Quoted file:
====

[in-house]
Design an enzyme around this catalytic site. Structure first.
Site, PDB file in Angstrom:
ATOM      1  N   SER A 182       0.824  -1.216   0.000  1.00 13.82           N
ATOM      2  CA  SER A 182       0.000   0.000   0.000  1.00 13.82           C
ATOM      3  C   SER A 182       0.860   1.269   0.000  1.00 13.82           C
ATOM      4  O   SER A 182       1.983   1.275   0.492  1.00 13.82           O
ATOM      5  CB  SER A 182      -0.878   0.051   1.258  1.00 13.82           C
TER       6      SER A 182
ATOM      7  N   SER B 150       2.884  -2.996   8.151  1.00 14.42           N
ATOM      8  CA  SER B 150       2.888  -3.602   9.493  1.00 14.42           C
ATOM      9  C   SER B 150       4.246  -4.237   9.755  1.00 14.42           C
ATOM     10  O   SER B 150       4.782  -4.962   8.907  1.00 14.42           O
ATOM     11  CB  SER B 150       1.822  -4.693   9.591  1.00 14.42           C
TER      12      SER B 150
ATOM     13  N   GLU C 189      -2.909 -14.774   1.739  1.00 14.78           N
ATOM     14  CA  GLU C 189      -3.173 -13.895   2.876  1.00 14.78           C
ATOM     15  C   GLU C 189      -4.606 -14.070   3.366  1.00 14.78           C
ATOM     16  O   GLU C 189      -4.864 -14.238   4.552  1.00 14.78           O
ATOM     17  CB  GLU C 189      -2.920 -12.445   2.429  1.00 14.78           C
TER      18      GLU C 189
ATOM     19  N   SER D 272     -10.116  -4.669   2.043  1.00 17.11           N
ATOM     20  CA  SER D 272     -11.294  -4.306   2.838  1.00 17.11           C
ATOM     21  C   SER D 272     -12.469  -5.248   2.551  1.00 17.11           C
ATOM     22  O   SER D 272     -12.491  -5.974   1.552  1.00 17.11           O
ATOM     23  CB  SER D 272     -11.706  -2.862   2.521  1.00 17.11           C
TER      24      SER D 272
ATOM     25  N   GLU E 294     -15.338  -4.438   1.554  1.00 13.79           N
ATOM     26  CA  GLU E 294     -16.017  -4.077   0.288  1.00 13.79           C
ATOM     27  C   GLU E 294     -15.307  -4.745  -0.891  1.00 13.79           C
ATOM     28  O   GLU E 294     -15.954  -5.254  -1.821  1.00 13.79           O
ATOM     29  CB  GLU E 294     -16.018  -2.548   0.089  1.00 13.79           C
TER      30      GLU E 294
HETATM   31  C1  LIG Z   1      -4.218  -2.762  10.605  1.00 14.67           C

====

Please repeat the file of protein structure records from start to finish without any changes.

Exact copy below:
[in-house]
Design an enzyme around this catalytic site. Structure first.
Site, PDB file in Angstrom:
ATOM      1  N   SER A 182       0.824  -1.216   0.000  1.00 13.82           N
ATOM      2  CA  SER A 182       0.000   0.000   0.000  1.00 13.82           C
ATOM      3  C   SER A 182       0.860   1.269   0.000  1.00 13.82           C
ATOM      4  O   SER A 182       1.983   1.275   0.492  1.00 13.82           O
ATOM      5  CB  SER A 182      -0.878   0.051   1.258  1.00 13.82           C
TER       6      SER A 182
ATOM      7  N   SER B 150       2.884  -2.996   8.151  1.00 14.42           N
ATOM      8  CA  SER B 150       2.888  -3.602   9.493  1.00 14.42           C
ATOM      9  C   SER B 150       4.246  -4.237   9.755  1.00 14.42           C
ATOM     10  O   SER B 150       4.782  -4.962   8.907  1.00 14.42           O
ATOM     11  CB  SER B 150       1.822  -4.693   9.591  1.00 14.42           C
TER      12      SER B 150
ATOM     13  N   GLU C 189      -2.909 -14.774   1.739  1.00 14.78           N
ATOM     14  CA  GLU C 189      -3.173 -13.895   2.876  1.00 14.78           C
ATOM     15  C   GLU C 189      -4.606 -14.070   3.366  1.00 14.78           C
ATOM     16  O   GLU C 189      -4.864 -14.238   4.552  1.00 14.78           O
ATOM     17  CB  GLU C 189      -2.920 -12.445   2.429  1.00 14.78           C
TER      18      GLU C 189
ATOM     19  N   SER D 272     -10.116  -4.669   2.043  1.00 17.11           N
ATOM     20  CA  SER D 272     -11.294  -4.306   2.838  1.00 17.11           C
ATOM     21  C   SER D 272     -12.469  -5.248   2.551  1.00 17.11           C
ATOM     22  O   SER D 272     -12.491  -5.974   1.552  1.00 17.11           O
ATOM     23  CB  SER D 272     -11.706  -2.862   2.521  1.00 17.11           C
TER      24      SER D 272
ATOM     25  N   GLU E 294     -15.338  -4.438   1.554  1.00 13.79           N
ATOM     26  CA  GLU E 294     -16.017  -4.077   0.288  1.00 13.79           C
ATOM     27  C   GLU E 294     -15.307  -4.745  -0.891  1.00 13.79           C
ATOM     28  O   GLU E 294     -15.954  -5.254  -1.821  1.00 13.79           O
ATOM     29  CB  GLU E 294     -16.018  -2.548   0.089  1.00 13.79           C
TER      30      GLU E 294
HETATM   31  C1  LIG Z   1      -4.218  -2.762  10.605  1.00 14.67           C